The Small-State Survival Guide to Foreign Policy Success

Small states are more likely to be perceived as neutral, trustworthy and compliant value-creators in negotiations.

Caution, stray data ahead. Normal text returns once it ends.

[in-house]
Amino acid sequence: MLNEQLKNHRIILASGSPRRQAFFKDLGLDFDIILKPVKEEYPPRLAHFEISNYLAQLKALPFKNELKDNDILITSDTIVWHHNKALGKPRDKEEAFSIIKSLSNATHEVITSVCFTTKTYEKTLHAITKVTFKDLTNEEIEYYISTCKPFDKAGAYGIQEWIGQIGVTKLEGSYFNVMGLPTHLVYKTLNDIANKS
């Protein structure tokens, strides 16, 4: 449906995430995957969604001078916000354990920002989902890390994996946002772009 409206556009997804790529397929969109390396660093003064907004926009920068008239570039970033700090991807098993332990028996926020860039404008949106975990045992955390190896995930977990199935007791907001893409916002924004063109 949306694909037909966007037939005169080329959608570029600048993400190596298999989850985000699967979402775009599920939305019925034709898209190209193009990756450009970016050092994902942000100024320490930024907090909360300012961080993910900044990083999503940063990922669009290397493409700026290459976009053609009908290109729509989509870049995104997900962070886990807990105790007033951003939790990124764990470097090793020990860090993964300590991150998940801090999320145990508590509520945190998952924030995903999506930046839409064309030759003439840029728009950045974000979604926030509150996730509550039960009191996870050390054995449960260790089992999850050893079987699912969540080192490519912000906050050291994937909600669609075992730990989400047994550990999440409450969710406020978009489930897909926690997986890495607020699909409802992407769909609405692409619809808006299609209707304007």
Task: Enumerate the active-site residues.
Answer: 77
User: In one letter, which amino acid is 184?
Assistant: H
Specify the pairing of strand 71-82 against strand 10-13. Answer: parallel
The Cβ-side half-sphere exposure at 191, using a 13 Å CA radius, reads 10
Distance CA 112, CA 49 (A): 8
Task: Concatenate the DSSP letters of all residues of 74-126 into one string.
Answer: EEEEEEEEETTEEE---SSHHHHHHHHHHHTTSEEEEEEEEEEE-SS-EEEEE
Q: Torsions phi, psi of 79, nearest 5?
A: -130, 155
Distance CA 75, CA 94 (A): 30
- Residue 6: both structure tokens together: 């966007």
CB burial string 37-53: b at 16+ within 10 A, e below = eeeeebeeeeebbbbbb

Small states are certainly disadvantaged in the international system. Having a small population inherently inhibits the aggregate structural power of that state, as well as creating hurdles that need to be compensated for and unique needs that have to be fulfilled. Small states are geographically and economically diverse, and thus face different challenges in terms of security and welfare. Nonetheless, they all have to compensate for size-related problems and meet needs that are inherent to their smallness.

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